Developing strength and power are just a few of the many benefits of a leg workout. Training these large muscles also improves athletic performance, making it easier to jump, run, kick, pivot, balance, accelerate, decelerate and turn. Plus, a strong lower body helps prevent injuries. Exercise may also help boost testosterone levels, especially in men over the age of 35.

If you’re not a fan of leg day, you might think that you can get the same benefits from exercise just by training the upper body. And while it is true that you can build muscles in your chest, back, shoulders and arms without training the large muscles in your legs, if you want to maximize muscle-building results, you need to embrace the importance of working out legs. That’s because the muscles in your lower body, which include the glutes, quadriceps, hamstrings, hip flexors and calves, all play a key role in several compound movements.

Leg Day Exercises
Unless you have an unlimited amount of time to spend in the gym, including compound movements, which are multi-joint exercises that target multiple muscles or muscle groups at the same time, in your overall routine will help build muscle and strength. They also have the potential to possibly increase testosterone, as long as you combine the exercises with a short rest period.

With all of the many benefits of leg day, it’s easy to see why it’s so important to include lower-body exercises in your overall workout routine. To determine how much time you should spend in the gym, We recommend designing your resistance training workouts according to your fitness level.

Novices or beginner levels can start with two to three days a week of resistance training focusing on all the major muscle groups. Intermediate levels can bump the number of days to four, but that means using a split routine, which spreads four or more workouts evenly across the week. And finally, advanced levels can train four to six days a week by using a variety of methods including a double split routine or a “three days on, one day off” split routine.

When choosing your exercises, make sure to build your routine around compound movements, with some room for isolation exercises. Some good examples include:

Squats with barbell, dumbbells or kettlebells
Deadlift
Single-Leg Deadlift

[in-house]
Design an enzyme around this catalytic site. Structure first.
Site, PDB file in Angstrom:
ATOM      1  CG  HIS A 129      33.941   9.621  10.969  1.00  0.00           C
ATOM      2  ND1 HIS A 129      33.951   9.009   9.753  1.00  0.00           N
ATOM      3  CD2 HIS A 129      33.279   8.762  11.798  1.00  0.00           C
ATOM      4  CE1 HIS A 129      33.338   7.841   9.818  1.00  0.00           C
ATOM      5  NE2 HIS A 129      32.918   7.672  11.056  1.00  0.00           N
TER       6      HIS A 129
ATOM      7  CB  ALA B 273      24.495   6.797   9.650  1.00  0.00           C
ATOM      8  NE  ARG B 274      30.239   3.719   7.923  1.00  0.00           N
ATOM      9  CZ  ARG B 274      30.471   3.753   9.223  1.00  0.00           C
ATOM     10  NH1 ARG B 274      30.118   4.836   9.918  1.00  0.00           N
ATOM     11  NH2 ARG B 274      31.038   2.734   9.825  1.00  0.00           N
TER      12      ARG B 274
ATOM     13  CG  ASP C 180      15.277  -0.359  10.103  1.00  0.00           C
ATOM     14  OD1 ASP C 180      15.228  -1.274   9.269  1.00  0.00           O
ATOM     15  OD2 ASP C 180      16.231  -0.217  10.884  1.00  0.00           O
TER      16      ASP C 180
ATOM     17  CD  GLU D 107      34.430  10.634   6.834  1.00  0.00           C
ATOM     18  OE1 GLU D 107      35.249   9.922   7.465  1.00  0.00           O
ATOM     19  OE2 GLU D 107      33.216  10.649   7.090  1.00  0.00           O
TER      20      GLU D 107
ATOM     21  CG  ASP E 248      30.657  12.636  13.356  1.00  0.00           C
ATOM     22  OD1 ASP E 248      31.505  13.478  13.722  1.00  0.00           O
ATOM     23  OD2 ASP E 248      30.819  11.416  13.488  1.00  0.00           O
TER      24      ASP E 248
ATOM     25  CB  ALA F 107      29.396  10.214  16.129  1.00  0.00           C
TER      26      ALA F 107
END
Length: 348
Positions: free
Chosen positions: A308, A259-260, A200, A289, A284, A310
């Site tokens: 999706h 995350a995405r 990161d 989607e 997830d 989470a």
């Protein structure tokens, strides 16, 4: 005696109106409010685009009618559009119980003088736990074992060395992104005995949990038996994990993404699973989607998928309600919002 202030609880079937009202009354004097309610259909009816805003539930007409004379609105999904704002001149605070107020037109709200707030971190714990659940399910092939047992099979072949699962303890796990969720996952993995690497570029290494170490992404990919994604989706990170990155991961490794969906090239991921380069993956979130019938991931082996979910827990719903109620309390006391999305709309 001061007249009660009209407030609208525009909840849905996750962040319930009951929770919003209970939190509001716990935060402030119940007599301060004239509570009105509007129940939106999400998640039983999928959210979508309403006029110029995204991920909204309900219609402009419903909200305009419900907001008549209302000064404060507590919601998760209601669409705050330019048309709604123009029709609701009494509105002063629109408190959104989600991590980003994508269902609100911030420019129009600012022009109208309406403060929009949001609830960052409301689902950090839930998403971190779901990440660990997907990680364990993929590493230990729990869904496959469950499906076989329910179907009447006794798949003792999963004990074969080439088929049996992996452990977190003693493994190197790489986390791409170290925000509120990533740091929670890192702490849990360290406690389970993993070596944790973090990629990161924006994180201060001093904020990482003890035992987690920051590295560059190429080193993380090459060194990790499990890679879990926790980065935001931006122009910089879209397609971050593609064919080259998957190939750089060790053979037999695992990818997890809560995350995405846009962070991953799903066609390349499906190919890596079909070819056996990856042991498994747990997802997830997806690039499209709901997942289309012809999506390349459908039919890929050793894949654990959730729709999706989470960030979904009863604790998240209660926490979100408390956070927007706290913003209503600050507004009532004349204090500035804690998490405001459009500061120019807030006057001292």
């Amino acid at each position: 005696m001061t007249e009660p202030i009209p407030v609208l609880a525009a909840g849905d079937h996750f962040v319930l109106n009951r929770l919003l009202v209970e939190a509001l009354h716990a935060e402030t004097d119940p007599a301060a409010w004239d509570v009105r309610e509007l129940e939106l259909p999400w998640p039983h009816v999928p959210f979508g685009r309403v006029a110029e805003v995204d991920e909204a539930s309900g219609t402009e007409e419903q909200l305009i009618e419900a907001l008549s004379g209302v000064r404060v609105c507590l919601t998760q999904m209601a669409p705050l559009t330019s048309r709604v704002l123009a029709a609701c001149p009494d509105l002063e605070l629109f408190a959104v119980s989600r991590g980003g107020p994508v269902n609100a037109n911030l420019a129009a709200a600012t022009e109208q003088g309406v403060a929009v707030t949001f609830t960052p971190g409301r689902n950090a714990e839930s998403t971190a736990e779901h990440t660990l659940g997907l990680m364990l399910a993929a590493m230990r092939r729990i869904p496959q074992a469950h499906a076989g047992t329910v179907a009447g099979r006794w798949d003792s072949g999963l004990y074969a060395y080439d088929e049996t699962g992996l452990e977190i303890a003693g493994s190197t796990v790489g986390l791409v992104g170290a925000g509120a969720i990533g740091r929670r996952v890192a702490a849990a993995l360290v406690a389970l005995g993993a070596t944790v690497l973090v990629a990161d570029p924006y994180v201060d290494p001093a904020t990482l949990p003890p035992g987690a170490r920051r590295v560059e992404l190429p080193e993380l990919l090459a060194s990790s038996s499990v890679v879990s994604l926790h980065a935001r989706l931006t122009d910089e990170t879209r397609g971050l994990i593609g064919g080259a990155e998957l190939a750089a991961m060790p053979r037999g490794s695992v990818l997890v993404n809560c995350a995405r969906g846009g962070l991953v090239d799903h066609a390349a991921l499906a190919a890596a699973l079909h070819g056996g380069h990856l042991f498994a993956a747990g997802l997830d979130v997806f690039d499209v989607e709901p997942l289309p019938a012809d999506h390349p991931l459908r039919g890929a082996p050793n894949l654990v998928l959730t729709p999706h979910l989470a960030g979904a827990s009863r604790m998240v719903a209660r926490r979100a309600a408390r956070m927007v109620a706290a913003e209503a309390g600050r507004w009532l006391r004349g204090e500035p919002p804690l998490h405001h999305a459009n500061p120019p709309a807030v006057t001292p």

Step-Ups
Lunges
Hip Thrusts
Glute Bridges
Leg Press

Everybodys gym team

5 Benefits of the Safety Squat Bar

The safety squat bar is an amazing piece of equipment that produces massive benefits in terms of strength gains, injury prevention, and upper extremity preservation.

It’s a very versatile implement that has carry over to many different training modalities, including powerlifting, strongman, bodybuilding, etc..

Here’s the top 5 reasons why:

#1. It’s Incredibly Functional
One of the absolute biggest benefits of the safety squat bar is that it’s so versatile.

There’s simply no shortage of movements you can accomplish with this bar.

To summarize, you can perform:

Back Squat
Front Squat
Zercher Squat
Good Morning
Seated Good Morning
Single-Leg Good Morning
Front Lunge
Back Lunge
Split Squats
Step-ups
Hip Thrusts
Overhead Press
Triceps Press
Calf Raises
… and whatever else you can come up with
Bottom line is this bar has multiple uses that can translate to serious strength gains.

#2. It Will Get You Really Strong
Speaking of strength gains, the safety squat bar is a brutally awesome tool designed to test your body in unique ways.

You see, the bar has a camber at the ends which actually drops the collar below the midline and at an angle to the vertical axis. This anatomical nuance, coupled with the fact the bar actually sits a little higher on the shoulders, tends to pitch the lifter forward. In doing so, the lifter has to fight to stay upright to prevent folding.

This fight is great for the upper back. Your traps and lats are going to get extremely strong with this bar.